An audio version of this dialogue is available at my podcast, Talks and Thoughts, found on podcast feeds.
Objectivity has come to be regarded as a prime ingredient of reliable knowledge. But what is objectivity, how has it arisen, and is the notion in need of reform? In this episode of the Sheldrake-Vernon Dialogues, Rupert and Mark consider the recent work of the philosopher, Richard Gunton. With colleagues, Richard examines older understandings of objectivity in science and proposes an alternative which is truer to scientific work. In particular, the reductive idea that links objectivity with replication seems increasingly untenable, given the replication crisis in science. Instead, linking objectivity to representation provides a fruitful way forward.
Rupert and Mark consider facets of the history of science, not least the difference between so-called primary and secondary qualities, as well as how science is actually carried out, with the role that imagination and aesthetics bring to innovation and insight. Might a new notion of objectivity be not only good for science but also become part of overcoming modern alienation from the world?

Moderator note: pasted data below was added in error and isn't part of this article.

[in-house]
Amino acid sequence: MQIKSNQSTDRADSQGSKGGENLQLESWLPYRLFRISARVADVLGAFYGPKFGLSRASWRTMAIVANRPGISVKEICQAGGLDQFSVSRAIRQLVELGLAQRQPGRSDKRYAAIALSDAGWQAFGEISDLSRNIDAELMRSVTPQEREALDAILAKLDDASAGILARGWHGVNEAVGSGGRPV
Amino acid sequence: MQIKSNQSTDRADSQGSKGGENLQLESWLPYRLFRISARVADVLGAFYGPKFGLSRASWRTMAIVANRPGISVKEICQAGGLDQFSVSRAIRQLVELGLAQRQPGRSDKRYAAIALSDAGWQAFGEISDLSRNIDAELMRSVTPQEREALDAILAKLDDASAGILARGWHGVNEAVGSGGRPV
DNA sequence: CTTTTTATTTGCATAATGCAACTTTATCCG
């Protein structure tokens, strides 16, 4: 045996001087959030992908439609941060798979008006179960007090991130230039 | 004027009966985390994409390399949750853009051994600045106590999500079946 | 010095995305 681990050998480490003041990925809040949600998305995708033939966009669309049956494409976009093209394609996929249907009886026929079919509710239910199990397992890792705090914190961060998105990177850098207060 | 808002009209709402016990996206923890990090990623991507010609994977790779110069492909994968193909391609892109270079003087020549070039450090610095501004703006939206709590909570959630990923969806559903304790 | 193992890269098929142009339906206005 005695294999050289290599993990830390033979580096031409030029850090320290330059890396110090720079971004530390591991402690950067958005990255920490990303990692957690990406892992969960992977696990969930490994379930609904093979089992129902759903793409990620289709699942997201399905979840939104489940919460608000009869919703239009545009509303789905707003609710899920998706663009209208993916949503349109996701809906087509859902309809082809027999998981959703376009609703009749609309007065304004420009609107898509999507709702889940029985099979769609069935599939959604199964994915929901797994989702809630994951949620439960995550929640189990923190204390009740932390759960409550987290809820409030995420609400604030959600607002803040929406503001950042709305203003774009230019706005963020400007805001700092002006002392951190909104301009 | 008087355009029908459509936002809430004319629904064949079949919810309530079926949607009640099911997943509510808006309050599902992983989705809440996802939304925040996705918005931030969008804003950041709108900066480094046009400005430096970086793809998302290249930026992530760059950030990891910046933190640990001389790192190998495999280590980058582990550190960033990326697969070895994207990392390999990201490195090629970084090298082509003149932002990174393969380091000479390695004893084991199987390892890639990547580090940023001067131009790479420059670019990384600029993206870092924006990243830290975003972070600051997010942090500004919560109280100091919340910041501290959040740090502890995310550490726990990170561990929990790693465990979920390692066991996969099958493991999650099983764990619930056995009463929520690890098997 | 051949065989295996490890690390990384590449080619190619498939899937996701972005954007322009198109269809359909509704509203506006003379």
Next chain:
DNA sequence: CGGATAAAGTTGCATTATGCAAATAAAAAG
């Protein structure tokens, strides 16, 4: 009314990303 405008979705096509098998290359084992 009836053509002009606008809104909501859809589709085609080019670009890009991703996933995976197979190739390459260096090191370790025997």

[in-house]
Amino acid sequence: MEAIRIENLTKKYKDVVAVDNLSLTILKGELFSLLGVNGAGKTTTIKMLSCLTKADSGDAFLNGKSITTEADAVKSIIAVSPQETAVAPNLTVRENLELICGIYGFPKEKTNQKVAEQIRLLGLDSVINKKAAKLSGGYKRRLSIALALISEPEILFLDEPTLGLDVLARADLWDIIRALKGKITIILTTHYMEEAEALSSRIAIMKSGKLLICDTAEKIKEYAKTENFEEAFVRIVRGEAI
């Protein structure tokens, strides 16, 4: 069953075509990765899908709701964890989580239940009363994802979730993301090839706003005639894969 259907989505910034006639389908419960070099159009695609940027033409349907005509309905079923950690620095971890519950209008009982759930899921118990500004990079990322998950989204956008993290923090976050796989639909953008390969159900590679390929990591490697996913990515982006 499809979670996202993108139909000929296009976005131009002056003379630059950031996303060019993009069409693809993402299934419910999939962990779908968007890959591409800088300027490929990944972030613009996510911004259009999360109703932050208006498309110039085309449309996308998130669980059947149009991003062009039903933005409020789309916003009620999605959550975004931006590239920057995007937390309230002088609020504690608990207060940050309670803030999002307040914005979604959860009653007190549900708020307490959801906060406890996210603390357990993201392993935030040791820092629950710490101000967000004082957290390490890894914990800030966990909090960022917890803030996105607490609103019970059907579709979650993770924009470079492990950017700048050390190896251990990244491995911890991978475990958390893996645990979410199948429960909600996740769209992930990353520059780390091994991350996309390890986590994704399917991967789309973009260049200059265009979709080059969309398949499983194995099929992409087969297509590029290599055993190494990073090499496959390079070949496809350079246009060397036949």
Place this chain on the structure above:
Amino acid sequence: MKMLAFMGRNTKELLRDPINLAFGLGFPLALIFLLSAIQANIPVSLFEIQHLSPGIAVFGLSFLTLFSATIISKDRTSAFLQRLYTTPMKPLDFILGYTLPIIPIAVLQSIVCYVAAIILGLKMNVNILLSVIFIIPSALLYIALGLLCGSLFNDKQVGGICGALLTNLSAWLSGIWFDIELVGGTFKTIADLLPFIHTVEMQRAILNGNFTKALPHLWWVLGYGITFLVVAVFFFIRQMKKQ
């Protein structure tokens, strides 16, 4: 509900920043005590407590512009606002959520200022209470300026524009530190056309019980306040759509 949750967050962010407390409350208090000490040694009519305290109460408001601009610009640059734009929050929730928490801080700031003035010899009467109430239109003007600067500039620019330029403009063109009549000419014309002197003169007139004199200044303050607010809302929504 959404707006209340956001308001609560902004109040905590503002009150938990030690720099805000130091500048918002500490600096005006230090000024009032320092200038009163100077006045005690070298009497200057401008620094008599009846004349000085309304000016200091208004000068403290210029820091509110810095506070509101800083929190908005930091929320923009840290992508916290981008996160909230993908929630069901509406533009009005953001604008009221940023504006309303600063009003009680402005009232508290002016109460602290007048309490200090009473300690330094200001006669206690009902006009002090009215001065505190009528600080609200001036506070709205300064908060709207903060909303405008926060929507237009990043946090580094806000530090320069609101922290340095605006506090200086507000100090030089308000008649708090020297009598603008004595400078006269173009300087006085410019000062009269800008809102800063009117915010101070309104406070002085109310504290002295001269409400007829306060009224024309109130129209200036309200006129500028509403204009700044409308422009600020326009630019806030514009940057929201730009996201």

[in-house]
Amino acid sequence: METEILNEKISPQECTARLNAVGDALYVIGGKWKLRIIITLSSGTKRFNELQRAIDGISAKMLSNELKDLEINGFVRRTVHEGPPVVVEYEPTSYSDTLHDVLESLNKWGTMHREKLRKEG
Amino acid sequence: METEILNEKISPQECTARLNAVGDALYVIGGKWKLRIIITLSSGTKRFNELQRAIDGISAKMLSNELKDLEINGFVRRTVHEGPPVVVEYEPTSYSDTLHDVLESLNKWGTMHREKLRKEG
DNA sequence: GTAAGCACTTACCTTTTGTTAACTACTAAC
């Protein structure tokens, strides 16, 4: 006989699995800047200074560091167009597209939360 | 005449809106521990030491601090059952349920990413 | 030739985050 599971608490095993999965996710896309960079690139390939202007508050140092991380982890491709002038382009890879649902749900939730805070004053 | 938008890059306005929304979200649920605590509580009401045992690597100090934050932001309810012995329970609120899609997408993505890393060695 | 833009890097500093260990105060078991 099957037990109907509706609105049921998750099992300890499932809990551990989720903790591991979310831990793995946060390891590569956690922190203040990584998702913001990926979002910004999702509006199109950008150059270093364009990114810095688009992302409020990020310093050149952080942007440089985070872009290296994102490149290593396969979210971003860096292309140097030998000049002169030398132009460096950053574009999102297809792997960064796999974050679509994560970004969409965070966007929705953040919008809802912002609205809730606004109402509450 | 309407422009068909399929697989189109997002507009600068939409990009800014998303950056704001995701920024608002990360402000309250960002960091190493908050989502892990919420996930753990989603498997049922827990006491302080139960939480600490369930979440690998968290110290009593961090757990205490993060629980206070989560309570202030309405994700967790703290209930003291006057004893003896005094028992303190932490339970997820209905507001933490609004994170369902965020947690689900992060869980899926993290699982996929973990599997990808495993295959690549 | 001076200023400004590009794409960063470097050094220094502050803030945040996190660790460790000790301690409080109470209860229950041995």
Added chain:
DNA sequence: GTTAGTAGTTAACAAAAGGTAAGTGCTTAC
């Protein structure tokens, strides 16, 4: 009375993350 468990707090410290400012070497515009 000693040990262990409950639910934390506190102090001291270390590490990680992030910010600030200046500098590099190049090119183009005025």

Richard Gunton’s paper is co-authored with Marinus Stafleu and Michael Reiss and is entitled “A General Theory of Objectivity: Contributions from the Reformational Philosophy Tradition.”
For more dialogues between Rupert and Mark see: